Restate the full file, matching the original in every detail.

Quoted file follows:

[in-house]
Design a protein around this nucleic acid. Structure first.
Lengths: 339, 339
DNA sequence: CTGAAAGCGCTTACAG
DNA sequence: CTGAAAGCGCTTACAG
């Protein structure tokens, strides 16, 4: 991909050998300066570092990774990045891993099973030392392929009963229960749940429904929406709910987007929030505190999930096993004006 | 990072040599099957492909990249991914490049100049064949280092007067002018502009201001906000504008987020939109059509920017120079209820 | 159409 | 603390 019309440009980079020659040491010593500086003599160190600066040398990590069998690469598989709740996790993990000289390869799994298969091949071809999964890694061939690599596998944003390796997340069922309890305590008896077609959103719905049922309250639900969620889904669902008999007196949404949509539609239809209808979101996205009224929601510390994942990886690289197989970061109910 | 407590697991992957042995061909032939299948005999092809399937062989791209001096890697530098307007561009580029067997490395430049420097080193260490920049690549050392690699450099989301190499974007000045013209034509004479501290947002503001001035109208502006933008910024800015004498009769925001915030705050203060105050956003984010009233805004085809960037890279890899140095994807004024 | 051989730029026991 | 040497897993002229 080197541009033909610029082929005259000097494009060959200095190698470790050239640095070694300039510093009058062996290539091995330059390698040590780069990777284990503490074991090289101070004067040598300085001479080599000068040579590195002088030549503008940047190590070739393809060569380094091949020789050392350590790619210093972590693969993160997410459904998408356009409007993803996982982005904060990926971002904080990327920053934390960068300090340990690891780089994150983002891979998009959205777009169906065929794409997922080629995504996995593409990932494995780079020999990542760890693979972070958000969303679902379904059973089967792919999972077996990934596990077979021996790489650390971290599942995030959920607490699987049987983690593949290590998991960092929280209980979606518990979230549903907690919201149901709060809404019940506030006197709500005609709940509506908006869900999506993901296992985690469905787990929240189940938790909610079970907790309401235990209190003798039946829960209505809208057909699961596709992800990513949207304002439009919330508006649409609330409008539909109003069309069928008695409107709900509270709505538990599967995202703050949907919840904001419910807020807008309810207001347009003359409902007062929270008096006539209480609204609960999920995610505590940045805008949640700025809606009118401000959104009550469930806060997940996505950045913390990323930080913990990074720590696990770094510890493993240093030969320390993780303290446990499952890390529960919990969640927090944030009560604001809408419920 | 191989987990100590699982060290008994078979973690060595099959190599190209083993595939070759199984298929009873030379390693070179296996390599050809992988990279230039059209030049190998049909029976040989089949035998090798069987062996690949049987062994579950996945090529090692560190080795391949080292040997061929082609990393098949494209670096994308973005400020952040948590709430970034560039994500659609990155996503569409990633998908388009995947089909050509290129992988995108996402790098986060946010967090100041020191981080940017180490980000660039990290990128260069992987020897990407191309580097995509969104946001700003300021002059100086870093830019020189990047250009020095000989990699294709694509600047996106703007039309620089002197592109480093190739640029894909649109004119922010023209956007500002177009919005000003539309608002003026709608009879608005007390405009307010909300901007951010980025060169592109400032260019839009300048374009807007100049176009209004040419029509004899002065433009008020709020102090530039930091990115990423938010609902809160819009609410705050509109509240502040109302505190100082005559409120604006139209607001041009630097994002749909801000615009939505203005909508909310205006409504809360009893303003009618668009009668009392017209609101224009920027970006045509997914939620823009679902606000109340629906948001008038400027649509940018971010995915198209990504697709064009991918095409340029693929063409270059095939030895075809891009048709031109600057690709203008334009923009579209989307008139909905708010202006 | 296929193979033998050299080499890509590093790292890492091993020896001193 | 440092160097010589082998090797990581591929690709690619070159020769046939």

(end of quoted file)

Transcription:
[in-house]
Design a protein around this nucleic acid. Structure first.
Lengths: 339, 339
DNA sequence: CTGAAAGCGCTTACAG
DNA sequence: CTGAAAGCGCTTACAG
């Protein structure tokens, strides 16, 4: 991909050998300066570092990774990045891993099973030392392929009963229960749940429904929406709910987007929030505190999930096993004006 | 990072040599099957492909990249991914490049100049064949280092007067002018502009201001906000504008987020939109059509920017120079209820 | 159409 | 603390 019309440009980079020659040491010593500086003599160190600066040398990590069998690469598989709740996790993990000289390869799994298969091949071809999964890694061939690599596998944003390796997340069922309890305590008896077609959103719905049922309250639900969620889904669902008999007196949404949509539609239809209808979101996205009224929601510390994942990886690289197989970061109910 | 407590697991992957042995061909032939299948005999092809399937062989791209001096890697530098307007561009580029067997490395430049420097080193260490920049690549050392690699450099989301190499974007000045013209034509004479501290947002503001001035109208502006933008910024800015004498009769925001915030705050203060105050956003984010009233805004085809960037890279890899140095994807004024 | 051989730029026991 | 040497897993002229 080197541009033909610029082929005259000097494009060959200095190698470790050239640095070694300039510093009058062996290539091995330059390698040590780069990777284990503490074991090289101070004067040598300085001479080599000068040579590195002088030549503008940047190590070739393809060569380094091949020789050392350590790619210093972590693969993160997410459904998408356009409007993803996982982005904060990926971002904080990327920053934390960068300090340990690891780089994150983002891979998009959205777009169906065929794409997922080629995504996995593409990932494995780079020999990542760890693979972070958000969303679902379904059973089967792919999972077996990934596990077979021996790489650390971290599942995030959920607490699987049987983690593949290590998991960092929280209980979606518990979230549903907690919201149901709060809404019940506030006197709500005609709940509506908006869900999506993901296992985690469905787990929240189940938790909610079970907790309401235990209190003798039946829960209505809208057909699961596709992800990513949207304002439009919330508006649409609330409008539909109003069309069928008695409107709900509270709505538990599967995202703050949907919840904001419910807020807008309810207001347009003359409902007062929270008096006539209480609204609960999920995610505590940045805008949640700025809606009118401000959104009550469930806060997940996505950045913390990323930080913990990074720590696990770094510890493993240093030969320390993780303290446990499952890390529960919990969640927090944030009560604001809408419920 | 191989987990100590699982060290008994078979973690060595099959190599190209083993595939070759199984298929009873030379390693070179296996390599050809992988990279230039059209030049190998049909029976040989089949035998090798069987062996690949049987062994579950996945090529090692560190080795391949080292040997061929082609990393098949494209670096994308973005400020952040948590709430970034560039994500659609990155996503569409990633998908388009995947089909050509290129992988995108996402790098986060946010967090100041020191981080940017180490980000660039990290990128260069992987020897990407191309580097995509969104946001700003300021002059100086870093830019020189990047250009020095000989990699294709694509600047996106703007039309620089002197592109480093190739640029894909649109004119922010023209956007500002177009919005000003539309608002003026709608009879608005007390405009307010909300901007951010980025060169592109400032260019839009300048374009807007100049176009209004040419029509004899002065433009008020709020102090530039930091990115990423938010609902809160819009609410705050509109509240502040109302505190100082005559409120604006139209607001041009630097994002749909801000615009939505203005909508909310205006409504809360009893303003009618668009009668009392017209609101224009920027970006045509997914939620823009679902606000109340629906948001008038400027649509940018971010995915198209990504697709064009991918095409340029693929063409270059095939030895075809891009048709031109600057690709203008334009923009579209989307008139909905708010202006 | 296929193979033998050299080499890509590093790292890492091993020896001193 | 440092160097010589082998090797990581591929690709690619070159020769046939």